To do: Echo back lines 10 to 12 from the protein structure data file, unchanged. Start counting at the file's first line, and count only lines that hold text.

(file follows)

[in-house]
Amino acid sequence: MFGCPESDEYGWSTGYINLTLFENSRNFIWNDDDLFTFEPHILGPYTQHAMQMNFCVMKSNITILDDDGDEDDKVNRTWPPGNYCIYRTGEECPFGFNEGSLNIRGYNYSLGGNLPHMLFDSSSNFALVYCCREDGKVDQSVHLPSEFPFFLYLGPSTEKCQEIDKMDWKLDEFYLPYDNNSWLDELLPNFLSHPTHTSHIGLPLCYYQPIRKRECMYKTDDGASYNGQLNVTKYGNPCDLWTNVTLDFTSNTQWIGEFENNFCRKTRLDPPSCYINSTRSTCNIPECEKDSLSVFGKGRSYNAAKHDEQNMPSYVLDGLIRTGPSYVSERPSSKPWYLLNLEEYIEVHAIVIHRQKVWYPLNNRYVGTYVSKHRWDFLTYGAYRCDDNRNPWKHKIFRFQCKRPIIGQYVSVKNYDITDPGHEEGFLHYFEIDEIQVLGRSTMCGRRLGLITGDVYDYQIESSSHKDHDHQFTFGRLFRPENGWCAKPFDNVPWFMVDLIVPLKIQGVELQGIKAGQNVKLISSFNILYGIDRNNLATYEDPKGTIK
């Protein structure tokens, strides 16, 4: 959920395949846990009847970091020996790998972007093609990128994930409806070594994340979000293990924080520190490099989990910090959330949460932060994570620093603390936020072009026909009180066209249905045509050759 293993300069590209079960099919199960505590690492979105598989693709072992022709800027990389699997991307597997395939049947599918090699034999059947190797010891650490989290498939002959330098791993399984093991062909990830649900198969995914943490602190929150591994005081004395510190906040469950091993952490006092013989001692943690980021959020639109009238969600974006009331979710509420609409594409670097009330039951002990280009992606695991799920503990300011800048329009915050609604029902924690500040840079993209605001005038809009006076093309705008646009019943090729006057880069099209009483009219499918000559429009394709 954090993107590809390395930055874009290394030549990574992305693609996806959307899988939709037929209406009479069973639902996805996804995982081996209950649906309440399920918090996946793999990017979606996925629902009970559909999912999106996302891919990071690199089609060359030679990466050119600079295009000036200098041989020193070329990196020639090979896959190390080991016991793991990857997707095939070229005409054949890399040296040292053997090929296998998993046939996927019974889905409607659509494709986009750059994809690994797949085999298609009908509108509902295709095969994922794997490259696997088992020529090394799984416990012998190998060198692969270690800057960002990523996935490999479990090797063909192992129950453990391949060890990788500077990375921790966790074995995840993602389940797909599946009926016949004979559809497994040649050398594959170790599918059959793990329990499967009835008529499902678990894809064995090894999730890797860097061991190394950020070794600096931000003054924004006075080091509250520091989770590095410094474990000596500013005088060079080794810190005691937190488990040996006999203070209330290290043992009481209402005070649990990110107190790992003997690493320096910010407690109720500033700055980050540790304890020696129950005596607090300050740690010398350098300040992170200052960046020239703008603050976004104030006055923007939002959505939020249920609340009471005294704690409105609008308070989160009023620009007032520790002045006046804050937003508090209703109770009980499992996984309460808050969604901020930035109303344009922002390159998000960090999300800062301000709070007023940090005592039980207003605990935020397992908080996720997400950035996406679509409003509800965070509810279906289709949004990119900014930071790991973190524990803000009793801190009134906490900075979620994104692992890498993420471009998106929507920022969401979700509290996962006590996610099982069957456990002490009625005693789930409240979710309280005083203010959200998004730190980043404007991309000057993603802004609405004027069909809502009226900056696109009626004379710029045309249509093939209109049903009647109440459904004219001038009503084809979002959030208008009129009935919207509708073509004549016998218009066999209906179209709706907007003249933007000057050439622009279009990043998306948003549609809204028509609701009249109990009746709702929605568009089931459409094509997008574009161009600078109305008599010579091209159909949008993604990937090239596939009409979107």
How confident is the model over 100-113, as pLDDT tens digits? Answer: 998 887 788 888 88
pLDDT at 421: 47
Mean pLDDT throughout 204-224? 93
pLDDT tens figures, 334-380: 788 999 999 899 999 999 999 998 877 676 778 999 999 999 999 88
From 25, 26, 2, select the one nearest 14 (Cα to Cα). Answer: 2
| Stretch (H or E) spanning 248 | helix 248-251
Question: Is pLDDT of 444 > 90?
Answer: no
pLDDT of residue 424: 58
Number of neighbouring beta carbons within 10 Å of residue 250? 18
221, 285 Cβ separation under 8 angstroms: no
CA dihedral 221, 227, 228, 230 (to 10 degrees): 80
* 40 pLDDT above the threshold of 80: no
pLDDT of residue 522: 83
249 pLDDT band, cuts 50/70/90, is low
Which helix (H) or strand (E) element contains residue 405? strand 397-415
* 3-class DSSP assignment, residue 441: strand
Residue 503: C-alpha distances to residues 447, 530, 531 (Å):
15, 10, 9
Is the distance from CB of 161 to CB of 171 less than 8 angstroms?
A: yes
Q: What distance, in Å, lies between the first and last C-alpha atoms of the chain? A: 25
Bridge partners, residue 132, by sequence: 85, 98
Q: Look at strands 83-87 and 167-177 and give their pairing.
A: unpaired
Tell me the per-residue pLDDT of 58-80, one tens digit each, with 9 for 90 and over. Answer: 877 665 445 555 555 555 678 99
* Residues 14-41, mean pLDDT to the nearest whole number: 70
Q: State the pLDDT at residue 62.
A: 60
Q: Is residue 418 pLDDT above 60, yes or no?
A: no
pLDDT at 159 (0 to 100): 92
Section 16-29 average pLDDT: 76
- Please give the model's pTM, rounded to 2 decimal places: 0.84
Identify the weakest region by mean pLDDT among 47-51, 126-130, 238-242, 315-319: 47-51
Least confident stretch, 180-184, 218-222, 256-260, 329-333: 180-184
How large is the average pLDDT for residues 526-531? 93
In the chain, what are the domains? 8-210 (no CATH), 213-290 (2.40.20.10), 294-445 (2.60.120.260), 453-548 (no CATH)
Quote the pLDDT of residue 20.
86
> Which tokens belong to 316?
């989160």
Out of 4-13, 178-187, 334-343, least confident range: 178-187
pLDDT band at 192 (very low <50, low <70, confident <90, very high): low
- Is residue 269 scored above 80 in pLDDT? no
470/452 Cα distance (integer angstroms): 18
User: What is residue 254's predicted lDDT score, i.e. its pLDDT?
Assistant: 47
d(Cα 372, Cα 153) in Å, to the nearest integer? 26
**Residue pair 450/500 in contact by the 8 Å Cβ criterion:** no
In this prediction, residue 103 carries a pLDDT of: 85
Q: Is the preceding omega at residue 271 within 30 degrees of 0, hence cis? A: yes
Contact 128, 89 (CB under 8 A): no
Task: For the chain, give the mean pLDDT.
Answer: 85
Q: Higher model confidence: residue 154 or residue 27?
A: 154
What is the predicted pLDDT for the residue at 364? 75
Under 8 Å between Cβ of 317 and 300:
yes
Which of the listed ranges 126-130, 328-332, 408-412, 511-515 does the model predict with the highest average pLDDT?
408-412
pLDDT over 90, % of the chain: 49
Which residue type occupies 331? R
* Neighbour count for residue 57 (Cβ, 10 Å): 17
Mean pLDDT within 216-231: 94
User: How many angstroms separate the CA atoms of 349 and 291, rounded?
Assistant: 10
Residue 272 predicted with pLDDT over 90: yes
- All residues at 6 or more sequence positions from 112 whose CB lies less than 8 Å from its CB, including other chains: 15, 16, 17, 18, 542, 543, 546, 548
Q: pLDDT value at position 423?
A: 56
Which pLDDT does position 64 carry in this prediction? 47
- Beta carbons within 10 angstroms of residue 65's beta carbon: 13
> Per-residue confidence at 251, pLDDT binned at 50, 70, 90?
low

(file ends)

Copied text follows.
Question: Is pLDDT of 444 > 90?
Answer: no
pLDDT of residue 424: 58